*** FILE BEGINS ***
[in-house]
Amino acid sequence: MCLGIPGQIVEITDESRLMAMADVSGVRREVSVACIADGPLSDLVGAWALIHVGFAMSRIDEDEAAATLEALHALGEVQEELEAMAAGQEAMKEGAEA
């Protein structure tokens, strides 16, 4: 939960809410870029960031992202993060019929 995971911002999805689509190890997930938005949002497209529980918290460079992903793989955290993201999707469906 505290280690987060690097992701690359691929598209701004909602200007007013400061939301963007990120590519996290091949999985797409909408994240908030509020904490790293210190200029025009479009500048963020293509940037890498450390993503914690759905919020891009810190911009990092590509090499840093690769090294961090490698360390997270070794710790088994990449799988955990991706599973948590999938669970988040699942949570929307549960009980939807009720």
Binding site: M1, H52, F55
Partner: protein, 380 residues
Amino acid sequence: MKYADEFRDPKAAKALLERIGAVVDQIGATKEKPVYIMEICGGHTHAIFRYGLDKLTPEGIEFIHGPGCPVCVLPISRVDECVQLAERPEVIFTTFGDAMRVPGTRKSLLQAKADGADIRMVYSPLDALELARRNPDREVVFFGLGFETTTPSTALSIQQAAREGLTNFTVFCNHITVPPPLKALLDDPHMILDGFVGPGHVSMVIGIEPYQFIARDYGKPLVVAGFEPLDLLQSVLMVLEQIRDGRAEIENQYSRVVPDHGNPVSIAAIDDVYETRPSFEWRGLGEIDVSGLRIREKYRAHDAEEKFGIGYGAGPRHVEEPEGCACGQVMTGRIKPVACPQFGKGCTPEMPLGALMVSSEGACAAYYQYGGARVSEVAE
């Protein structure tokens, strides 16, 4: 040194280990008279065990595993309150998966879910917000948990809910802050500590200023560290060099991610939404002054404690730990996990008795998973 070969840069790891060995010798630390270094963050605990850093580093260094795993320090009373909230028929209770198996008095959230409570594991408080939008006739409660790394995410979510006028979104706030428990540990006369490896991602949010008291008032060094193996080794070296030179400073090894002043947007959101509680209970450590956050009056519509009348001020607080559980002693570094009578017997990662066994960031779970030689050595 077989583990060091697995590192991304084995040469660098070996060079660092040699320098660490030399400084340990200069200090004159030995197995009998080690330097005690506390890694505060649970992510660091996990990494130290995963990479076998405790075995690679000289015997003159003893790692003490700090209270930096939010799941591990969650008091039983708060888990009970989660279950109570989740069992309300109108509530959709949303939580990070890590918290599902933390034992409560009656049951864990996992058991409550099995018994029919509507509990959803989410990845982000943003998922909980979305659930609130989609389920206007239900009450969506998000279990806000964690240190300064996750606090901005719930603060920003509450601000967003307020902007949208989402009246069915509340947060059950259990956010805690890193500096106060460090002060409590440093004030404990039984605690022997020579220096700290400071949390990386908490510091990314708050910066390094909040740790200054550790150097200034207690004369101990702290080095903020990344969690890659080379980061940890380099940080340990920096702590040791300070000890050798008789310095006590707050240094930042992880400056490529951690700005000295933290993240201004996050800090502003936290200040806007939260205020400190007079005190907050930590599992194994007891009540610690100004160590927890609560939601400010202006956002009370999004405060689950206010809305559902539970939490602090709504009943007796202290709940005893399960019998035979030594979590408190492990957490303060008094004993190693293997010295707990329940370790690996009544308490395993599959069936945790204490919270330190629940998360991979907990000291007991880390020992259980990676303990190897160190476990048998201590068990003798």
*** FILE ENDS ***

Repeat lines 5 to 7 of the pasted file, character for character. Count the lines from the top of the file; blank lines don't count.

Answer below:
Partner: protein, 380 residues
Amino acid sequence: MKYADEFRDPKAAKALLERIGAVVDQIGATKEKPVYIMEICGGHTHAIFRYGLDKLTPEGIEFIHGPGCPVCVLPISRVDECVQLAERPEVIFTTFGDAMRVPGTRKSLLQAKADGADIRMVYSPLDALELARRNPDREVVFFGLGFETTTPSTALSIQQAAREGLTNFTVFCNHITVPPPLKALLDDPHMILDGFVGPGHVSMVIGIEPYQFIARDYGKPLVVAGFEPLDLLQSVLMVLEQIRDGRAEIENQYSRVVPDHGNPVSIAAIDDVYETRPSFEWRGLGEIDVSGLRIREKYRAHDAEEKFGIGYGAGPRHVEEPEGCACGQVMTGRIKPVACPQFGKGCTPEMPLGALMVSSEGACAAYYQYGGARVSEVAE
């Protein structure tokens, strides 16, 4: 040194280990008279065990595993309150998966879910917000948990809910802050500590200023560290060099991610939404002054404690730990996990008795998973 070969840069790891060995010798630390270094963050605990850093580093260094795993320090009373909230028929209770198996008095959230409570594991408080939008006739409660790394995410979510006028979104706030428990540990006369490896991602949010008291008032060094193996080794070296030179400073090894002043947007959101509680209970450590956050009056519509009348001020607080559980002693570094009578017997990662066994960031779970030689050595 077989583990060091697995590192991304084995040469660098070996060079660092040699320098660490030399400084340990200069200090004159030995197995009998080690330097005690506390890694505060649970992510660091996990990494130290995963990479076998405790075995690679000289015997003159003893790692003490700090209270930096939010799941591990969650008091039983708060888990009970989660279950109570989740069992309300109108509530959709949303939580990070890590918290599902933390034992409560009656049951864990996992058991409550099995018994029919509507509990959803989410990845982000943003998922909980979305659930609130989609389920206007239900009450969506998000279990806000964690240190300064996750606090901005719930603060920003509450601000967003307020902007949208989402009246069915509340947060059950259990956010805690890193500096106060460090002060409590440093004030404990039984605690022997020579220096700290400071949390990386908490510091990314708050910066390094909040740790200054550790150097200034207690004369101990702290080095903020990344969690890659080379980061940890380099940080340990920096702590040791300070000890050798008789310095006590707050240094930042992880400056490529951690700005000295933290993240201004996050800090502003936290200040806007939260205020400190007079005190907050930590599992194994007891009540610690100004160590927890609560939601400010202006956002009370999004405060689950206010809305559902539970939490602090709504009943007796202290709940005893399960019998035979030594979590408190492990957490303060008094004993190693293997010295707990329940370790690996009544308490395993599959069936945790204490919270330190629940998360991979907990000291007991880390020992259980990676303990190897160190476990048998201590068990003798």